Lovelips and I are staying with my parents in Sarasota,Florida right now. We’re having a good time. Today we’re going to the Sarasota County Fair, having gone out for breakfast this morning. Last night we went to the house of some friends of my mom, and the night before we went to see Euripides’ Bacchae. I’ve also gotten in a good walk every day, usually for a couple of miles or so every day.
Mostly we’ve been hanging out by the pool, and swimming, getting some sun and doing creative stuff. I’ve been working on making maps, and lj user=Lovelips> has been beading. Mom is making a quilt, while Dad is off playing tennis. Tonight we may go to a poetry reading at a Thai restaurant.
Does anyone know of any other poetry readings in Sarasota? I’m here until Thursday, even though lovelips goes home Sunday.
One of the things that’s on my mind these days is how much of the landscape is given over to automobiles. Mom’s condo is located within a larger enclave of condos, about 750+ units. When they were built in the 1970s, environmentalism wasn’t nearly the ‘powerhouse’ of thought that it is today, but even so their construction policies were ahead of their time. Most of the trees were left standing, and many more bushes and other ground plants. The buildings were cleverly nestled in amongst pockets of greenery and estuaries which help funnel water out into Little Sarasota Bay.
Little Sarasota Bay, unlike is turquoised-water neighbor to the north, Sarasota Bay, has brown and muddied waters. In the early 1980s, a businessman and real estate developer closed Midnight Pass, a natural tidal passageway between the Gulf of Mexico and Little Sarasota Bay. The Bay began silting up, and the waters turned brown. Without the tides to regularly renew and clean the water, the Bay began filling up with gunk washed downstream from farms and developments on land, and with material swept south from Sarasota Bay along the Intercostal Waterway.
There is a massive political movement down here to re-open Midnight Pass, but it’s both expensive and a major technical challenge, and there are numerous wealthy and powerful individuals and groups on both sides of the debate.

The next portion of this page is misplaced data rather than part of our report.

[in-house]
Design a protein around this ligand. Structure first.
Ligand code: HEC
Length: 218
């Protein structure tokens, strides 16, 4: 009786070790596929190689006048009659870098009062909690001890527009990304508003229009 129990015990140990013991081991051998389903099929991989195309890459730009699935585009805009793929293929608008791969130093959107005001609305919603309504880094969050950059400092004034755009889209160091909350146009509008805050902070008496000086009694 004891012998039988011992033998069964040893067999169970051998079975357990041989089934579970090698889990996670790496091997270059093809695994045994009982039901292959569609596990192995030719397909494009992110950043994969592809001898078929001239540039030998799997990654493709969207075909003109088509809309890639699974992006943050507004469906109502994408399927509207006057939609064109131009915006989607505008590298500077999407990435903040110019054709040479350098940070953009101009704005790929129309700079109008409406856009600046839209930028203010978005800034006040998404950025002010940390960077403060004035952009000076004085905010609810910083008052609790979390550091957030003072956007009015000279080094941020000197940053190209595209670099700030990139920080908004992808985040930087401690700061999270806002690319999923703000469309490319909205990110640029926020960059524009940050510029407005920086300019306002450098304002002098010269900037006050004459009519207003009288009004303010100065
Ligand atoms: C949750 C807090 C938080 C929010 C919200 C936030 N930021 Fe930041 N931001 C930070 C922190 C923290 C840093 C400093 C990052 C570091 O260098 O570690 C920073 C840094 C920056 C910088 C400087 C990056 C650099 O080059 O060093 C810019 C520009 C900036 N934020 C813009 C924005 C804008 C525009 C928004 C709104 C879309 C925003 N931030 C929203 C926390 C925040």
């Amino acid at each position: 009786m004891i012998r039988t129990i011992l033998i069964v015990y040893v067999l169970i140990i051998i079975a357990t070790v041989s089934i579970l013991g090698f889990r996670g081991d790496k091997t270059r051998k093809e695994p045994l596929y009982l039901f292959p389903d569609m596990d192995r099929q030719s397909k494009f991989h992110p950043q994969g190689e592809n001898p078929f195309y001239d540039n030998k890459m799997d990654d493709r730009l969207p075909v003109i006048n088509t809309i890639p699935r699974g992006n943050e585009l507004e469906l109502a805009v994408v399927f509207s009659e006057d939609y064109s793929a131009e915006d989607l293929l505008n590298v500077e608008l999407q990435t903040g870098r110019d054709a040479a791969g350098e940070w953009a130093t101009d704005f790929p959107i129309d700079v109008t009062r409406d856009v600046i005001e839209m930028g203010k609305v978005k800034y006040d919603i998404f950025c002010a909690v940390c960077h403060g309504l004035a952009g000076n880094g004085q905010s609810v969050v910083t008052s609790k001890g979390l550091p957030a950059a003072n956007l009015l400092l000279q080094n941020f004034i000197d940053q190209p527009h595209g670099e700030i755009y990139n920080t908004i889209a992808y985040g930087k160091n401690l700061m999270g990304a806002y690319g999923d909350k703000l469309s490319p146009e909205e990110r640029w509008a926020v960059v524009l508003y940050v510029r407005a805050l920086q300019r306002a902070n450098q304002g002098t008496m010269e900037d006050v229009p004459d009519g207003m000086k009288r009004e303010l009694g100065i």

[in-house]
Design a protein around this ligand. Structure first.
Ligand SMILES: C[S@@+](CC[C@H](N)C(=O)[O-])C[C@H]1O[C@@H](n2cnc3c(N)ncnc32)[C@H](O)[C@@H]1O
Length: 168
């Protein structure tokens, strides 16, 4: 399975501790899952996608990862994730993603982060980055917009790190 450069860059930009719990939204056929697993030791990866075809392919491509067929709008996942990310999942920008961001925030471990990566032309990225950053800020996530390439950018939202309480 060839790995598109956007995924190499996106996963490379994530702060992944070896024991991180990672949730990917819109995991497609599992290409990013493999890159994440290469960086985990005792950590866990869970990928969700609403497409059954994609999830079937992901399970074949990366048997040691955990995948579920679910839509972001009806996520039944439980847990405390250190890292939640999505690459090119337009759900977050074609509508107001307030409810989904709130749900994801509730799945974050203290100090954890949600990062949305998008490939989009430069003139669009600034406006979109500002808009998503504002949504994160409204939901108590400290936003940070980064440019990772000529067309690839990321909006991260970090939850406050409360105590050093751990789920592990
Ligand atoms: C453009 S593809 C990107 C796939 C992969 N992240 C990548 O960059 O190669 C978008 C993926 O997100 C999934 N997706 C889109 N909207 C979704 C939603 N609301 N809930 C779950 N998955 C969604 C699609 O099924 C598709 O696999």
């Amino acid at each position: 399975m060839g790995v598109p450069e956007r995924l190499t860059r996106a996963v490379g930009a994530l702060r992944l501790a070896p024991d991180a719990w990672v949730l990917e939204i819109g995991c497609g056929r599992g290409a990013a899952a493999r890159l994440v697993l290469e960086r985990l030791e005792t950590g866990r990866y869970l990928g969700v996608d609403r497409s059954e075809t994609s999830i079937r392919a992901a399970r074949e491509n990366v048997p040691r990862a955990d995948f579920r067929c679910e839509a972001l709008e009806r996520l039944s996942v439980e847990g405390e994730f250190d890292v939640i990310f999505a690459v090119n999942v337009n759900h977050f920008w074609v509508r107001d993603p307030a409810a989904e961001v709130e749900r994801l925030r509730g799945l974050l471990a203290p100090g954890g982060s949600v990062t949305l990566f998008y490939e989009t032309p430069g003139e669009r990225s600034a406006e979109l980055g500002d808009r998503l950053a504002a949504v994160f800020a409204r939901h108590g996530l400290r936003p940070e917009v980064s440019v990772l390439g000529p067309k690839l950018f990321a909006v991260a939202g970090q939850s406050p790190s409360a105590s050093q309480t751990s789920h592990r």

What does this have to do with cars, you ask?
Here in this relatively green enclave of housing on the Florida coast, the residents are worried about the runoff from their driveways and parking spots into Little Sarasota Bay. A brief walk around the neighborhood (yes, it’s a gated community) reveals that about one in five cars has a bumper sticker demanding the re-opening of Midnight Pass. When the community was designed, channels down the lanes directed water toward the Bay. Of course, this is contributing to and exacerbating Little Sarasota Bay’s environmental woes. How to fix it?
Every apartment here has one car slot, under a corrugated iron carport roof. For every five or six units, there’s a guest parking spot. There are also a number of one-way streets and loops designed to bring people to these parking spots. That’s 900+ parking spots. A parking spot is about 100 square feet, so there are about 90,700 square feet of parking in this complex. This is about twenty acres, or six football fields. And that’s not including the lanes which connect all these parking spots to the outside world through a single gate. Nearly all of the roads are wide enough for two cars to pass each other; some are wider. I’d bet that there are another twenty acres of this complex which are under pavement, as well.
All these cars are leaking oil and transmission fluid and gas and other noxious chemicals. Plus, there are guys going around after this morning’s thunderstorm, cleaning up fallen leaves on the roadways with hand-held leaf-blowers which are both noisy and polluting. Plus they need repaving every few years. Plus there’s the actual investment cost of the asphalt and concrete. Plus there’s the energy costs of the air conditioning in many of the condos, because the rooms are too hot (in part because there is not enough shade overhanging the houses).
Across the street from this housing complex is a large strip mall. The strip mall consists of a front row of shops with a block of parking spots and parking lanes in front of it. The mall has eight or nine smaller stores, one large anchor, and one small anchor. There are two ‘faster food’ restaurants (a Denny’s and something else), one at each end of the mall, as well. In addition, there is a smaller row of professional offices behind the main mall, with a couple of doctors’ offices, a laboratory of some sort, and an engineering/planning firm. The whole structural complex is bare of trees and shade, and dismayingly, only four of the stores in the complex seem to be full — a Linens and Things, a Dillard’s outlet, a tanning salon, and a rather trashy looking card-store.
There is, between this residential complex and this commercial complex, parking for easily 2500 vehicles, and hardly any of it is in use. Meanwhile, the black pavement is generating heat, blocking water from reaching the soil (did I mention that Sarasota County is in the middle of a dry-as-tinder heatwave?), and preventing plant and animal bio-diversity from helping out. It’s all very awkward. I’m actually thinking about a novel in response to it all.